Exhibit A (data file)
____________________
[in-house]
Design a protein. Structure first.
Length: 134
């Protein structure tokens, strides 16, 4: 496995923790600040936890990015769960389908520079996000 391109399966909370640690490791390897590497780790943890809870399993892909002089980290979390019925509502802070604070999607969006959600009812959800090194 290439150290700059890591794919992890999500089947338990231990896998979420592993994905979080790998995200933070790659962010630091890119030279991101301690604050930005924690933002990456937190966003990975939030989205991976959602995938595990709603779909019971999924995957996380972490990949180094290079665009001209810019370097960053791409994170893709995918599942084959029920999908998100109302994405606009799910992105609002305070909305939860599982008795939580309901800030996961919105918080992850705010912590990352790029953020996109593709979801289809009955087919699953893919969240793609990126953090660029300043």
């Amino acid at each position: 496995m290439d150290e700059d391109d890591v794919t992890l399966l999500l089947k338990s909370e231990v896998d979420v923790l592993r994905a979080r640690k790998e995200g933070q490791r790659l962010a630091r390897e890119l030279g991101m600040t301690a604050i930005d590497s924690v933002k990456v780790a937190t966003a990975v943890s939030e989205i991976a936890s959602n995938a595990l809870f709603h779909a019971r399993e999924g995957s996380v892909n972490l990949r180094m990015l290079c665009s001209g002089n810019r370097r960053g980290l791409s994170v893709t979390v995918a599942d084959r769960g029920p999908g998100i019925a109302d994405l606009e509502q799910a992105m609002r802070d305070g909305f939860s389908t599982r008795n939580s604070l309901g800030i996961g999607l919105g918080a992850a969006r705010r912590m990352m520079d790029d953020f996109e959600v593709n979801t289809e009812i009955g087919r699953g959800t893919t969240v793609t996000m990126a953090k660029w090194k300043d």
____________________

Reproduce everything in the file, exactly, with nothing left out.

[in-house]
Design a protein. Structure first.
Length: 134
């Protein structure tokens, strides 16, 4: 496995923790600040936890990015769960389908520079996000 391109399966909370640690490791390897590497780790943890809870399993892909002089980290979390019925509502802070604070999607969006959600009812959800090194 290439150290700059890591794919992890999500089947338990231990896998979420592993994905979080790998995200933070790659962010630091890119030279991101301690604050930005924690933002990456937190966003990975939030989205991976959602995938595990709603779909019971999924995957996380972490990949180094290079665009001209810019370097960053791409994170893709995918599942084959029920999908998100109302994405606009799910992105609002305070909305939860599982008795939580309901800030996961919105918080992850705010912590990352790029953020996109593709979801289809009955087919699953893919969240793609990126953090660029300043």
């Amino acid at each position: 496995m290439d150290e700059d391109d890591v794919t992890l399966l999500l089947k338990s909370e231990v896998d979420v923790l592993r994905a979080r640690k790998e995200g933070q490791r790659l962010a630091r390897e890119l030279g991101m600040t301690a604050i930005d590497s924690v933002k990456v780790a937190t966003a990975v943890s939030e989205i991976a936890s959602n995938a595990l809870f709603h779909a019971r399993e999924g995957s996380v892909n972490l990949r180094m990015l290079c665009s001209g002089n810019r370097r960053g980290l791409s994170v893709t979390v995918a599942d084959r769960g029920p999908g998100i019925a109302d994405l606009e509502q799910a992105m609002r802070d305070g909305f939860s389908t599982r008795n939580s604070l309901g800030i996961g999607l919105g918080a992850a969006r705010r912590m990352m520079d790029d953020f996109e959600v593709n979801t289809e009812i009955g087919r699953g959800t893919t969240v793609t996000m990126a953090k660029w090194k300043d």